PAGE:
Objective: The aim of this study was to explore the influence of personal factors (i.e. age, gender, place of residence and time since onset of stroke) on self-perceived functioning and environmental factors, using the International Classification of Functioning, Disability and Health (ICF) Core Set for Stroke (extended version) as a framework. Design: Cross-sectional study. Participants: A total of 243 community-dwelling persons (53% men) with prior stroke (6 months to 13 years) with a mean age of 68 years (age range 24-95 years). Methods: Regression analysis of 4 personal factors (age, gender, place of residence, and time since onset of stroke) was used to explore their influence on different components, domains and categories of functioning and environmental factors, evaluated with the extended version of the Comprehensive ICF Core Set for Stroke. Results: The personal factors had statistically significant predictive values for almost all the categories, domains and components of functioning and environmental factors examined in this study. These factors influence self-perceived functional outcome and environmental factors in terms of being barriers or facilitators in various ways. Conclusion: Personal factors, such as age, gender, place of residence and time since onset of stroke, influence self-perceived functioning and environmental factors.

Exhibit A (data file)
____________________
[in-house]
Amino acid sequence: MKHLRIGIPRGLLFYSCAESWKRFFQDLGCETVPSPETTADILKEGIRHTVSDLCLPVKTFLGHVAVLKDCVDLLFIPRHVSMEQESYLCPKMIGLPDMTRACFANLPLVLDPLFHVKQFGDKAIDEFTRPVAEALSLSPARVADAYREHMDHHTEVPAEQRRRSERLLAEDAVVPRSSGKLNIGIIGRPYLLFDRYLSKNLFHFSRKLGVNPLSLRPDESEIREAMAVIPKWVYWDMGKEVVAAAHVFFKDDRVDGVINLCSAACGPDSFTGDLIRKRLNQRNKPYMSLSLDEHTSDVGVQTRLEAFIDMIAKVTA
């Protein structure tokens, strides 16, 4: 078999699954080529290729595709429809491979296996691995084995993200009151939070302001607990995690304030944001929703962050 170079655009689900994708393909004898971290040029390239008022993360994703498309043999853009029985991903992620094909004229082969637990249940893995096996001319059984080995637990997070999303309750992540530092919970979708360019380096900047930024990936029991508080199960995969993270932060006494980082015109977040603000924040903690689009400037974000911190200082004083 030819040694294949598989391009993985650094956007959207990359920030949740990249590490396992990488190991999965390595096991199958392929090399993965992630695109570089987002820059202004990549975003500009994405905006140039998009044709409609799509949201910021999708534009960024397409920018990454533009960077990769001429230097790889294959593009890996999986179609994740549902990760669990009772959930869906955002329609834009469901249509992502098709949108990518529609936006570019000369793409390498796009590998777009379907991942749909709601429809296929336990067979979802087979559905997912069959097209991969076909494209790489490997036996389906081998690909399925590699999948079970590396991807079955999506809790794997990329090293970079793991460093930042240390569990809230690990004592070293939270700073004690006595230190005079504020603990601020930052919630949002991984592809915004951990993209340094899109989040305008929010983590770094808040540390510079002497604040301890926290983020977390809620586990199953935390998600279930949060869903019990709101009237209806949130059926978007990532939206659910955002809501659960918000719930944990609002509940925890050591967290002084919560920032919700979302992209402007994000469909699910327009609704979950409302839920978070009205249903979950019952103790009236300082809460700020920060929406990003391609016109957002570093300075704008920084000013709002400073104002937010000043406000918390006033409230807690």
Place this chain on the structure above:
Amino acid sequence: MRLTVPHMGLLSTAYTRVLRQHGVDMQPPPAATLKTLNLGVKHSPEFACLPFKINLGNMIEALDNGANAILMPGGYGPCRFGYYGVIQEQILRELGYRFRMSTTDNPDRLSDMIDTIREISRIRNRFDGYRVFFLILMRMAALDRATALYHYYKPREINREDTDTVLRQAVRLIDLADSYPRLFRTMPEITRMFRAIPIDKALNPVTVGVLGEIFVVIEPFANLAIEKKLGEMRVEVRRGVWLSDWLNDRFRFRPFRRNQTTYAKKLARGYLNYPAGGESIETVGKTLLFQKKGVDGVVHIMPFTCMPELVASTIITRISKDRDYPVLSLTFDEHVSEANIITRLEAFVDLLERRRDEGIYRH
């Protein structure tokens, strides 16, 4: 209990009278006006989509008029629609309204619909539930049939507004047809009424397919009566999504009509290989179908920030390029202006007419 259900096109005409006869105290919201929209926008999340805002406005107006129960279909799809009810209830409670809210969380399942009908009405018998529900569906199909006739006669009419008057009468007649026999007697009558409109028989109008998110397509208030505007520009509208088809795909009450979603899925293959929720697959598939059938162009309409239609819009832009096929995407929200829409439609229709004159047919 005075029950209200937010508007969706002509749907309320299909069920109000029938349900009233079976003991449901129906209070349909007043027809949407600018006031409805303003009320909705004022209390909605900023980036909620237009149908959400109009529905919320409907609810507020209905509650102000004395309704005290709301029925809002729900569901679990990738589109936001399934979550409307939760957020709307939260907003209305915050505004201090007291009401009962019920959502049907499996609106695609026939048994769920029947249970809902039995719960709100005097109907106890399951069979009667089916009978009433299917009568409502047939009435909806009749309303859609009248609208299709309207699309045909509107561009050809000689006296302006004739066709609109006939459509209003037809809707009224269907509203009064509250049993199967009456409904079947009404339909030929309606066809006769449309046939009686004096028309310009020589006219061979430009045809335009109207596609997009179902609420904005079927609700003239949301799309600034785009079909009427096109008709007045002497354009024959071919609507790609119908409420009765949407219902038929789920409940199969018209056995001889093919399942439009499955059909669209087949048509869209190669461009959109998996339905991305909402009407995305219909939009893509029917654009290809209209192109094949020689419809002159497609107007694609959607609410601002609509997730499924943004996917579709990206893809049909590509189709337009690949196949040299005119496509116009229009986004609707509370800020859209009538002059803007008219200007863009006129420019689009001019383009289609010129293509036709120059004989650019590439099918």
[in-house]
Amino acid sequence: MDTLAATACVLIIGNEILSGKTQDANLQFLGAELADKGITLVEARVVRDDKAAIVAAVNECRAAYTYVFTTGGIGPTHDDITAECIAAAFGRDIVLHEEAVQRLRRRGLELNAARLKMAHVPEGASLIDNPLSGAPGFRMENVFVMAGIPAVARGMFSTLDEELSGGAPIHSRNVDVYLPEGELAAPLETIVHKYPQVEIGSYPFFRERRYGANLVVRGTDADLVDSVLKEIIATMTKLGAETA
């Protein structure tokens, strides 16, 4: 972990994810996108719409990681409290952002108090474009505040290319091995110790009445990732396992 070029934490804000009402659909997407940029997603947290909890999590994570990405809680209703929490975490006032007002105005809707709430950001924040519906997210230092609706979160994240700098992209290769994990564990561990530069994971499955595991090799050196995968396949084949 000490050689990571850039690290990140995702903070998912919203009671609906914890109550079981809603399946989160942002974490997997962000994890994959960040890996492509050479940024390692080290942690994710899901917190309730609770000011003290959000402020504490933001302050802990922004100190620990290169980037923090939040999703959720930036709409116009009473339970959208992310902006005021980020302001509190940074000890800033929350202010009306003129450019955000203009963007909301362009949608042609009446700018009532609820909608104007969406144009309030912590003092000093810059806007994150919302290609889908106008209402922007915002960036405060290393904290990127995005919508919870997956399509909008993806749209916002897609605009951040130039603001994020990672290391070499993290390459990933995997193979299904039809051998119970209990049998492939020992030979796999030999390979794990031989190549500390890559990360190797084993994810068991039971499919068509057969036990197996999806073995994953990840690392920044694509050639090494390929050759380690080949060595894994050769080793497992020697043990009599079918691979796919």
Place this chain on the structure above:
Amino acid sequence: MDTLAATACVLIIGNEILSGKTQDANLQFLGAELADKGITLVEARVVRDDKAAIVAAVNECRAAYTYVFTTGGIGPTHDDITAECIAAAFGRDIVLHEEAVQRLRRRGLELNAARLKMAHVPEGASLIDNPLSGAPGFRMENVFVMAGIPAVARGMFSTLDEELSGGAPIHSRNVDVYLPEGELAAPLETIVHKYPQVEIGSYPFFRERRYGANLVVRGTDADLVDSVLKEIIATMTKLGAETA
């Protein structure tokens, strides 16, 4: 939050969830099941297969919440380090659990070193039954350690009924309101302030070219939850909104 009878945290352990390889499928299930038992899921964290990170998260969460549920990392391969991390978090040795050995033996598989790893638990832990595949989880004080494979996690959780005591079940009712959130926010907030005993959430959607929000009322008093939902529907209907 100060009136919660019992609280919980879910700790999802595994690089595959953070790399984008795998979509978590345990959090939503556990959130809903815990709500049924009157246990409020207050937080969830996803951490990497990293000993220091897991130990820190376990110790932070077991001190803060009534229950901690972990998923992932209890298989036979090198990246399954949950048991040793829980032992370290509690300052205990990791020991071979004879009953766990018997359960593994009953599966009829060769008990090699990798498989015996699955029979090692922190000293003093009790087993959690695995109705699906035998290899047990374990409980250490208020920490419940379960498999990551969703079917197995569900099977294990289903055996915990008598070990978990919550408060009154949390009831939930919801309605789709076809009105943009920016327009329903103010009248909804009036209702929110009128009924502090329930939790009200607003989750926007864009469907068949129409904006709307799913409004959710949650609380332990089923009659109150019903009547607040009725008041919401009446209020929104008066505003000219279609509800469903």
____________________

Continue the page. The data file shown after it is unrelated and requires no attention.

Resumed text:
- Personal factors
Field of Science*
- 3.3 Health sciences
- 1.1. Scientific article indexed in Web of Science and/or Scopus database